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Fundamentalism as a Destroyer of Cultures

by Roy Brown


I just received a magazine covering Amerind art, and buried inside was a story about a Navaho who abandoned his native religion to become a born-again fundamentalist, and in the process, violated the Navaho taboo of rendering human images by carving statues in wood. And he has the effrontery to remain on the reservation.

He has been so brainwashed by these fundamentalist beliefs that he fails to see that he has destroyed his own religious conviction and actually, if tribal leaders wanted to get sticky about it, they could throw him out of the tribe for his apostasy.

Ever since the Baptists and Methodists of the nineteenth century went abroad to share their gospel, they have succeeded in destroying every culture they have come in contact with. Look at Hawaii, where the native rituals are now shown merely as tourist attractions. And observe the mission schools here in our own land, where Indians were taught that their pagan ways must be forgotten, and that their Great Spirit was purely a myth (as is another Great Spirit worshipped by the Baptists and others).

An African has said, "When the missionary came he had the Bible and we had the land; now we have the Bible and he has the land." That pretty well sums up the fact that capitalism follows the Bible-thumper and destroys not only the culture, but the economic basis of the country.

Look at the countries that have resisted the blandishments of Christianity: they are prospering and seem to have no qualms about the fact that they are overshadowing this "Christian" nation in trade, and even exporting their religious ideas.

China has no trouble with three religions, and, in fact, the Roman Catholic Church even admitted that the serenity in the religions of the Chinese sometimes converted missionaries of the Catholic Church. For this reason, the terms of Catholic missionaries in China are short, and they are forced to incorporate Oriental views into their own teachings. And the Muslim countries ain't doing bad either.

Since the nuclear blasts in India and Pakistan, it would seem that Western fundamentalism has had a deleterious effect on those countries, leading them back to barbarism instead of on the road to peace and prosperity that is embedded in the ancient and traditional religions that they are in the process of abandoning.

To refer back to the Indian Arts magazine and give it a pat on the back: Indian Arts features native works in all media - music, literature, painting, jewelry, pottery, etc. - that show the artists are attempting to bring back the basic religious beliefs of the past; and the man mentioned earlier is an anomaly and is despised by the true believers, and it shows in their remarks on their own works.

There was also an article in the latest Smithsonian about a woman photographer in Mexico who devoted herself to showing the decay in local traditions through their being corrupted by the Catholic Church. She felt her country ended up with a blend of both, becoming utterly ridiculous.

We have to look no further than our own backyard to see that the fundamentalists are at work trying to undermine our own culture, by destroying our right to think, see, and read, and claiming that ideas contrary to their warped views are causing the downfall of our nation.

They even tried to legislate this by attempting to add an amendment to the Constitution which would have, in effect, outlawed every religion except Christianity, and allowed religious organizations a place at the public trough.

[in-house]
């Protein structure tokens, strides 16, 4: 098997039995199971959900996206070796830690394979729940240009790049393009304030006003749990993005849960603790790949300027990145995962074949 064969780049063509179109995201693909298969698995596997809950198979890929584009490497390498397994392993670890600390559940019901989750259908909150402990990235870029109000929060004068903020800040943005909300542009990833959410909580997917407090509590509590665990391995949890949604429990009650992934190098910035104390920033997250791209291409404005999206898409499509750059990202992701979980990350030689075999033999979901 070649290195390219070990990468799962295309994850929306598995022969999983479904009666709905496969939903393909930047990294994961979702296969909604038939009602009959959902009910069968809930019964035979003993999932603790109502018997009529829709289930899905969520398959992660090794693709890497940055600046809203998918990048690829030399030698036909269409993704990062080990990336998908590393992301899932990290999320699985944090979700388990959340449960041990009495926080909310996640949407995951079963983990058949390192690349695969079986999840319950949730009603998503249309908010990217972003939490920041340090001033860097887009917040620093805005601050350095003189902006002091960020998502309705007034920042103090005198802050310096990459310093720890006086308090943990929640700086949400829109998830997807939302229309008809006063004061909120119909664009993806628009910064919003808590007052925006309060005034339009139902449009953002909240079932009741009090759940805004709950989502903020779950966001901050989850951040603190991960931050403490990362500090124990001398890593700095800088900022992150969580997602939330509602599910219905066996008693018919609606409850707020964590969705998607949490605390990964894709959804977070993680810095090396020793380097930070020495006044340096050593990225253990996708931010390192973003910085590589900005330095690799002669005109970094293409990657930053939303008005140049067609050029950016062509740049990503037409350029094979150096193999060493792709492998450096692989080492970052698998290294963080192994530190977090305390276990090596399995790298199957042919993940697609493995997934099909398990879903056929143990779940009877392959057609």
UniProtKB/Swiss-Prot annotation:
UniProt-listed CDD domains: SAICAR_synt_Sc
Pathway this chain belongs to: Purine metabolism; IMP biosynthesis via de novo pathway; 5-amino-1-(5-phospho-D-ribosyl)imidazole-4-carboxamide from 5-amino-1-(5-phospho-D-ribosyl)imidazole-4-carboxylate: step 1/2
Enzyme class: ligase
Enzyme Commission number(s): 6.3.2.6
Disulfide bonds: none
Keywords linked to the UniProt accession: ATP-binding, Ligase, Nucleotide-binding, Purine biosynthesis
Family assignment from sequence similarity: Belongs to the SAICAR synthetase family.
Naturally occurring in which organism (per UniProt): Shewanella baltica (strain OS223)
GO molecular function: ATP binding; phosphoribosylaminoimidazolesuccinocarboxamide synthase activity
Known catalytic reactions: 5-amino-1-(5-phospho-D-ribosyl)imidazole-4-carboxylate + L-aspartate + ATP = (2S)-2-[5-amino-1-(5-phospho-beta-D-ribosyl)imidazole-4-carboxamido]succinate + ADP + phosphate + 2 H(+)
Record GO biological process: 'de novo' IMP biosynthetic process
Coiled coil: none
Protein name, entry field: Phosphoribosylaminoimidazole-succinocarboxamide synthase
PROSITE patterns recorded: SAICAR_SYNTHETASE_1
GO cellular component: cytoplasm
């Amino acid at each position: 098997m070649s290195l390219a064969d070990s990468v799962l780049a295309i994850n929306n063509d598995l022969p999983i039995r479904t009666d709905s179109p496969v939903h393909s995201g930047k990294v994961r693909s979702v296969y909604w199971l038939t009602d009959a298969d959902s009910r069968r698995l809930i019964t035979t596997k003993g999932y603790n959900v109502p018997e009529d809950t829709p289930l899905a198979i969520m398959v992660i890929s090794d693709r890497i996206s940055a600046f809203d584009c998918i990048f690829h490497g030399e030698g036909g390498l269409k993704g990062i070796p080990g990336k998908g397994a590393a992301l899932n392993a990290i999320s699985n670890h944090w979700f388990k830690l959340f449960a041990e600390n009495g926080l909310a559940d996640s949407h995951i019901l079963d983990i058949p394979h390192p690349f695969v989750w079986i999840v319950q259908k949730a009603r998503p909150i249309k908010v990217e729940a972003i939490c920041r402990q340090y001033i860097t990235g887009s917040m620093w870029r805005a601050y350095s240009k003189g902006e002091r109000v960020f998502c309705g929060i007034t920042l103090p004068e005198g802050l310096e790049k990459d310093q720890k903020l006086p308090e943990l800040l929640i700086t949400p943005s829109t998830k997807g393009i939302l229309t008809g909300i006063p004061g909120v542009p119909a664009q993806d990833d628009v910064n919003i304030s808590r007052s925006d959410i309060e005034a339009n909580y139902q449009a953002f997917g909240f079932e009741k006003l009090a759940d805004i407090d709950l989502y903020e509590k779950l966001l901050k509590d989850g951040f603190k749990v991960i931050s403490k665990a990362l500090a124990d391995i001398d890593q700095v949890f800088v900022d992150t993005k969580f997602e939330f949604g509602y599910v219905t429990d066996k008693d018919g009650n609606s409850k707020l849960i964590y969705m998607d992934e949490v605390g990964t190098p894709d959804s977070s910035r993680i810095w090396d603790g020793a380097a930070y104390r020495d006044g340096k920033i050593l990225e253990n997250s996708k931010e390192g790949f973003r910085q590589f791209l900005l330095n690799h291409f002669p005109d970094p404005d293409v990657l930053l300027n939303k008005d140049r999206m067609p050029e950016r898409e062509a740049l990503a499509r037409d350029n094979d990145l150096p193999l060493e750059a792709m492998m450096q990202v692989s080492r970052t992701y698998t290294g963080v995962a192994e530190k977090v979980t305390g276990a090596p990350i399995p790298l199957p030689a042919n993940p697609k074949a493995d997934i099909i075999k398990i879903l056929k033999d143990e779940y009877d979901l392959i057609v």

In debate, the fundamentalists' opponents constantly brought up the fact that there happened to be people with no belief in a deity, and that they happened to be citizens also. While freethinkers were not mentioned by name in the debate, but classed with nonbelievers, it was interesting to note that they mentioned Taoism several times and stated that Taoists did not believe in a god, and were entitled to worship as they pleased.

The intolerance of the religious right was brought out in a letter where the sponsor of an amendment to put the religion section of the First Amendment in a separate amendment and/or send the bill back for reconsideration was called all sorts of derogatory names for even making such a suggestion.

It will be interesting to see whether the religious right actually goes through with the threat to work for the defeat of those who opposed the amendment, considering that 37 Republicans voted for its defeat. If the threat is carried out, it will mean that control of Congress will once again pass into Democratic hands.

In Alabama we have a law-and-order group of fundamentalists crying about the decay of respect for the laws, and at the same time telling people that it is all right to violate the separation of church and state decisions by openly defying Judge DeMent's orders, and holding what amounted to prayer meetings at graduation exercises. Who is undermining our culture? It sure as hell ain't the New Agers and Witches.

It is going to be interesting to see what happens at the Baptist Convention in Salt Lake City this summer where two intolerant beliefs clash head-on. The Baptists have already declared they are going to be actively proselytizing among the Mormons.

 

Editor's Note: Though the Baptists canvassed door-to-door for new recruits during their convention in Salt Lake City, there was no violence reported, and the Baptists claimed to have won some converts. The biggest news was that the Baptists issued a declaration that wives are to be subservient to their husbands, as the Bible commands.


Roy L. Brown is a member of the Alabama Freethought Association. The following article is reprinted from the July 1998 issue of the organization's newsletter The Alabama Freethinker.

 


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